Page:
When Was the Last Time You had a Conversation?


And I don’t mean ‘Pass me the vegetables’ or ‘We ran out of milk’ sort of sound bytes. Nor do I mean texts, or Facebook messages, or Tweets.

Conversations

Conversations

Conversation is when two (or more) people talk face-to-face, not because they’ve been forced to by the circumstances, but because they wanted to talk, and took time out of their lives to do it.

I was recently visiting friends, and realized how our handheld devices– iPads, smartphones, distract our eyes (and attention) even when we’re with those we like/love. We never give fully of ourselves– in our need to stay connected with many, we hardly ever truly ‘connect’ with the person sitting next to us.

This is why, an article I read recently in the New York Times really resonated with me: (The article is quite worth a look..)

In the silence of connection, people are comforted by being in touch with a lot of people — carefully kept at bay. We can’t get enough of one another if we can use technology to keep one another at distances we can control: not too close, not too far, just right. I think of it as a Goldilocks effect.

Texting and e-mail and posting let us present the self we want to be. This means we can edit. And if we wish to, we can delete. Or retouch: the voice, the flesh, the face, the body. Not too much, not too little — just right.

Human relationships are rich; they’re messy and demanding. We have learned the habit of cleaning them up with technology. And the move from conversation to connection is part of this. But it’s a process in which we shortchange ourselves. Worse, it seems that over time we stop caring, we forget that there is a difference.

I agree that we use technology to keep others at bay while still giving the impression of complete accessibility– but it is not technology that makes us do it, but our increasingly self-centered world-view. We have no time for others.

A splendid (by my standards, anyway) conversation I had the other day was in fact enabled by an iPad– I and my girlfriends spoke across the seas to another of us, via Skype: she is expecting a new arrival, and we admired her baby bump, the cute (but slightly over-sized) woolens she has knitted for the baby, waved to her husband, and promised to take pictures and facebook all the local food she craved (but could not find in her new country) just in order to tease her!

From time immemorial, technology always has been a two-way process– we use it to make our lives easier, but it also affects us in ways we did not account for. I’m just hoping all our communication devices do not actually deprive us of our conversations.

When was the last time You had a conversation? Do you find yourself having less conversations the more you connect?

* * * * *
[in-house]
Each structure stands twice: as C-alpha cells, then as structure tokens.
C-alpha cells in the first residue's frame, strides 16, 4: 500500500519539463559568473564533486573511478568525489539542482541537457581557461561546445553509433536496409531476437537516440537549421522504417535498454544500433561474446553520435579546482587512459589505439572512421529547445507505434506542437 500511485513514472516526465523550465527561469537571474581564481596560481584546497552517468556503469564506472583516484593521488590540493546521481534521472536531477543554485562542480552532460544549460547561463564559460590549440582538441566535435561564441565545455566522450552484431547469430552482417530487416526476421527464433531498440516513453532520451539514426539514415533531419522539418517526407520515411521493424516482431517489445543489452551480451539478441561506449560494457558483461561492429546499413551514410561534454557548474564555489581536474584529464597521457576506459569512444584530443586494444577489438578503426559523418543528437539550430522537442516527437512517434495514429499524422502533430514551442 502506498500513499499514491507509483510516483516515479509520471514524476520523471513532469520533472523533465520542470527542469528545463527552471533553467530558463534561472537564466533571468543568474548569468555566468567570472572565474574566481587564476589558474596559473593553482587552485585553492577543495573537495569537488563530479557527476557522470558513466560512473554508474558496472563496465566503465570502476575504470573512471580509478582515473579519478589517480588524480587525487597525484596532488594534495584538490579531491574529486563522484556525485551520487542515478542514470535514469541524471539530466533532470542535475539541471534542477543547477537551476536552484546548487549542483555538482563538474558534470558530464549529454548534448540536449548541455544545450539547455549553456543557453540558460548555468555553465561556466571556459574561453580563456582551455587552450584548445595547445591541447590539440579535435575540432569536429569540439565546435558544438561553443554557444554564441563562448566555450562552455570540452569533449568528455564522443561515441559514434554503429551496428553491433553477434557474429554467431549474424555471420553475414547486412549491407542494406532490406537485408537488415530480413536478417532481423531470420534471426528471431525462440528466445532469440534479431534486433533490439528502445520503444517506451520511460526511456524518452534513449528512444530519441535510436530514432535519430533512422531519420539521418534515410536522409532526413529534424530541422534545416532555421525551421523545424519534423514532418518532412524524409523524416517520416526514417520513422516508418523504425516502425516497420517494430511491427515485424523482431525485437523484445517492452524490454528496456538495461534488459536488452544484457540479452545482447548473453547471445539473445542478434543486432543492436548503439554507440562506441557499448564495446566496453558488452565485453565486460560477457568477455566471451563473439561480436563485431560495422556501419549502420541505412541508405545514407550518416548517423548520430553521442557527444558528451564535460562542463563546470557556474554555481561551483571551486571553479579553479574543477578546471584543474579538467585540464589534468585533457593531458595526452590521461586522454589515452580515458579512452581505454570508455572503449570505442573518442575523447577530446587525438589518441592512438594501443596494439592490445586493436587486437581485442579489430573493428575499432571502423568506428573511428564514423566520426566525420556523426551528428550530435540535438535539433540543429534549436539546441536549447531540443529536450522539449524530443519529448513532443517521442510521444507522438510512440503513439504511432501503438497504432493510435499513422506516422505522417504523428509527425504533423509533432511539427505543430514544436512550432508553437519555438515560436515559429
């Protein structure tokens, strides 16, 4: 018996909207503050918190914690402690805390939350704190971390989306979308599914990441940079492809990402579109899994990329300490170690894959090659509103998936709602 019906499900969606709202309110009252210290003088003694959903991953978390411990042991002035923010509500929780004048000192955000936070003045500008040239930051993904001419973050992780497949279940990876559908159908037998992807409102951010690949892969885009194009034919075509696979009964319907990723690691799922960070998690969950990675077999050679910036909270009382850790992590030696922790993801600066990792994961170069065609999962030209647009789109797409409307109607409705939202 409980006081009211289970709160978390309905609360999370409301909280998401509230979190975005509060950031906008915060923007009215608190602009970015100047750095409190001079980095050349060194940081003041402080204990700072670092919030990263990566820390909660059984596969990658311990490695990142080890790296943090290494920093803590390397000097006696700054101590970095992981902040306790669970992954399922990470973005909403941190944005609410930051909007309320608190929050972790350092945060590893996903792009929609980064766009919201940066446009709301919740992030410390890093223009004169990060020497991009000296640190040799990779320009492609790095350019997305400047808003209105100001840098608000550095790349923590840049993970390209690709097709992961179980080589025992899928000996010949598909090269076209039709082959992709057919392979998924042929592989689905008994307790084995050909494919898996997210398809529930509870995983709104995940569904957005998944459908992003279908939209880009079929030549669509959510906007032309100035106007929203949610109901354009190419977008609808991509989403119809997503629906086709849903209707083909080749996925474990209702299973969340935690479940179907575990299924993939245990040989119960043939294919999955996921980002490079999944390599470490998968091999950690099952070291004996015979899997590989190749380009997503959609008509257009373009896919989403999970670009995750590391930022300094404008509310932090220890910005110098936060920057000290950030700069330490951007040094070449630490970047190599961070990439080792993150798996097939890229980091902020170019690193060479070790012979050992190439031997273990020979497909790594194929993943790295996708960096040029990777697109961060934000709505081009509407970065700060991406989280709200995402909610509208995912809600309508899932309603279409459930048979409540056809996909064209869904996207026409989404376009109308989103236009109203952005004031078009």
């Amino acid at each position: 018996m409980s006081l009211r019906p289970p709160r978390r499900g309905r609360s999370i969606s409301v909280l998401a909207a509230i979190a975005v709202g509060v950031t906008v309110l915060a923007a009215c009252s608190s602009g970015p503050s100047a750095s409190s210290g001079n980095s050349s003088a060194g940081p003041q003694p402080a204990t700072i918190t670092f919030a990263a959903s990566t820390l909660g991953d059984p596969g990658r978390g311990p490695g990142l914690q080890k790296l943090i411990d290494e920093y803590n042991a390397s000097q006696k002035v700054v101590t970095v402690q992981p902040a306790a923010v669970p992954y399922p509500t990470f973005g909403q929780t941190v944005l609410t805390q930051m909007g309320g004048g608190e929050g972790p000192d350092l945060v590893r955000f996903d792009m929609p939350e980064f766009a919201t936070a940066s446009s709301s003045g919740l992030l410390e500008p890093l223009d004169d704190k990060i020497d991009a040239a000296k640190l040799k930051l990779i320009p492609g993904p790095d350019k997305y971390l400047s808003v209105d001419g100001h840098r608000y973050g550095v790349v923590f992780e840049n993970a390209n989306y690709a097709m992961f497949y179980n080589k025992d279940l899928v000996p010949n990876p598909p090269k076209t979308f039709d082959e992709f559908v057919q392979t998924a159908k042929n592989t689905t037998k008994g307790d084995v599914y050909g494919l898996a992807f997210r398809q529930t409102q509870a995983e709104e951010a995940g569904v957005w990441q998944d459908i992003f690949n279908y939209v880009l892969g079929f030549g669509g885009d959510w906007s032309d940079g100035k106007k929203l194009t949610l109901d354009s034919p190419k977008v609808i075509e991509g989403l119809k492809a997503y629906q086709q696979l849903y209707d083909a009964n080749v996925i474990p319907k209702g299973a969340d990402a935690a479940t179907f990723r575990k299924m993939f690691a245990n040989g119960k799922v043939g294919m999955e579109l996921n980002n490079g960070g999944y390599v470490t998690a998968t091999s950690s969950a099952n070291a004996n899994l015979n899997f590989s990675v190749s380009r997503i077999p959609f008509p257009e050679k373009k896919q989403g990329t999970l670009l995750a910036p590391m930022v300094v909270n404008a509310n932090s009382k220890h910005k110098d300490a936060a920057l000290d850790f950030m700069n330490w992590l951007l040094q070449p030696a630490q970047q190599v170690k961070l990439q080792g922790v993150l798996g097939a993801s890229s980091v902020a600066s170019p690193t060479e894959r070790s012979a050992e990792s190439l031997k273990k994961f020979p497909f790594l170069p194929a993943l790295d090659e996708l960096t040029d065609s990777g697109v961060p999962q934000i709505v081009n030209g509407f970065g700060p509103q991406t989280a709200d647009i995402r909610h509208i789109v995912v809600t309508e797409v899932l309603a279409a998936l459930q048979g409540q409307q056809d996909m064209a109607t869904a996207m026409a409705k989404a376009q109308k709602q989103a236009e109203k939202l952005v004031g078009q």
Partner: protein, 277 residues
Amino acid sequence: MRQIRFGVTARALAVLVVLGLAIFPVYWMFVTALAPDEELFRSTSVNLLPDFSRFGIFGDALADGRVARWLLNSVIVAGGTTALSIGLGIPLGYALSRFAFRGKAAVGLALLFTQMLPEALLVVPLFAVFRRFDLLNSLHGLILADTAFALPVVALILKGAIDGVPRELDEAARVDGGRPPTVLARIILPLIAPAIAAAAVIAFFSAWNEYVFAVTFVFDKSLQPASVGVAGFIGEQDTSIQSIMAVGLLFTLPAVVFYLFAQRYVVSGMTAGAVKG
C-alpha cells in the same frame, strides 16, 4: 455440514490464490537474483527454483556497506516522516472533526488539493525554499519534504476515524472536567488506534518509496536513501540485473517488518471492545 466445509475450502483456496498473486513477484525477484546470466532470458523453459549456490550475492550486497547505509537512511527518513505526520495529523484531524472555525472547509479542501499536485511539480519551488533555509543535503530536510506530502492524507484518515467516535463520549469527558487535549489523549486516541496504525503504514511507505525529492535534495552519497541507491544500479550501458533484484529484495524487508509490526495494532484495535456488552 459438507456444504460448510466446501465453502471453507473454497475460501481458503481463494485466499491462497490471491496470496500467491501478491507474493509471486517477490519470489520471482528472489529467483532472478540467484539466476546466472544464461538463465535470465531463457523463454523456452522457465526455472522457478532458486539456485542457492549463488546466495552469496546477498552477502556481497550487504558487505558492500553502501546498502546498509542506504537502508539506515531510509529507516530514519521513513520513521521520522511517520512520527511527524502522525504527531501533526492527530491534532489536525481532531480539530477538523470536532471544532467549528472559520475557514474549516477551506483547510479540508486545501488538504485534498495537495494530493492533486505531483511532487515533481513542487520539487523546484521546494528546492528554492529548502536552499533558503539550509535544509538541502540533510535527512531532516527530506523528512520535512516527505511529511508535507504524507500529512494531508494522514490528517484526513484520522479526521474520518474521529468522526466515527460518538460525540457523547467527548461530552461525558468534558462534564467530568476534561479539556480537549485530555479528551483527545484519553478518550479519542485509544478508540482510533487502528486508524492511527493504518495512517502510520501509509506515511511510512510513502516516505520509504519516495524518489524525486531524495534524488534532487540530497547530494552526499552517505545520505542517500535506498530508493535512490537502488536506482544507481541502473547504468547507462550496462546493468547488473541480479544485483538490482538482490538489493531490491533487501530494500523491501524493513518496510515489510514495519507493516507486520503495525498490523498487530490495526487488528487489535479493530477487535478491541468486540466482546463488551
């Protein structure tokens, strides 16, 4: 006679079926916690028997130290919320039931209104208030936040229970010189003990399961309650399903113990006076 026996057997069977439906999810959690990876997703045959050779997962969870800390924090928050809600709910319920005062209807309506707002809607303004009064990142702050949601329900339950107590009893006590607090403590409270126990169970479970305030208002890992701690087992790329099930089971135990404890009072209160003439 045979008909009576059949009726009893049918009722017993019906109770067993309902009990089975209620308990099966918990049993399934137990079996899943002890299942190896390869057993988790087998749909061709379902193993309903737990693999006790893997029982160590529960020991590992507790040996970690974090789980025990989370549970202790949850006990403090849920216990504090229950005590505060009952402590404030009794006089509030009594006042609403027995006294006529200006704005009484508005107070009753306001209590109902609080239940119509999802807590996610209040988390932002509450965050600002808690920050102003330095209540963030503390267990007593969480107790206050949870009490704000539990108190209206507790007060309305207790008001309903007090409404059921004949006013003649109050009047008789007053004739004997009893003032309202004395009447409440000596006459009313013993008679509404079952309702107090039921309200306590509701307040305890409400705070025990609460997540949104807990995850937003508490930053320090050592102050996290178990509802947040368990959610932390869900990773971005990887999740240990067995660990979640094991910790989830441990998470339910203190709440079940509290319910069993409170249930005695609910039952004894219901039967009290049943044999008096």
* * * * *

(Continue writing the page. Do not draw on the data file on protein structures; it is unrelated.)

How far have you come, and does it matter?


“Always concentrate on how far you have come, rather than how far you have left to go. The difference in how easy it seems will amaze you.”
Heidi Johnson

Is success relevant?

Is success relevant?

I don’t know if I agree with this advice. When I look back, the amount I could fall scares me. I’d rather just keep going, breath by breath, each step of the mountain I’m given to climb.

The thought of scaling up to the top scares me too, because it is so lonely up there. And isn’t it better to just keep climbing and have something to look forward to?

When it comes to my writing, I’d rather just keep plugging away at it, taking each day as it comes. Success is irrelevant. The agony and ecstasy of having written is enough.

Would I have to eat my words some day?

Is success important to you? If yes, what would you do to get there, and what would you do once you’ve reached your destination?

If success isn’t important, why not?

Who was that woman in the subway?


Singapore Subway

Singapore Subway

Last week, I saw a woman in the subway. Not a particularly beautiful woman, mousy, really, with no real personality, nothing on her face that attracted the eye at first glance and kept it there.

Tiny eyes, pudgy cheek, no chin, short straggly black hair. Clothes that had seen better days– a worn pink t-shirt, a sweat jacket on top, several sizes too big.

I kept my eyes traveling downwards, and saw the hands on her lap– strange little limbs, childlike, with four fingers each, the middle finger a stump. I then realized why I could see her across the crowd and not her neighbors sitting to one side. She sat  on a wheelchair, which gave her extra height.

And then I figured out why she had caught my eye. She hadn’t fallen asleep like I’d imagined, hadn’t nodded off—she was listening to music on her phone, and the slow, focused rhythm of  her head had drawn me to her.

As the train sped from one station to another emptying as it went, the head picked up pace and her face broke into smiles. By the time she pressed a button and wheeled herself out of the train at the station just before mine, I was fascinated.

I wanted to walk out and follow her, find out her story—who she lived with and where, what was her voice like, what she did for a living.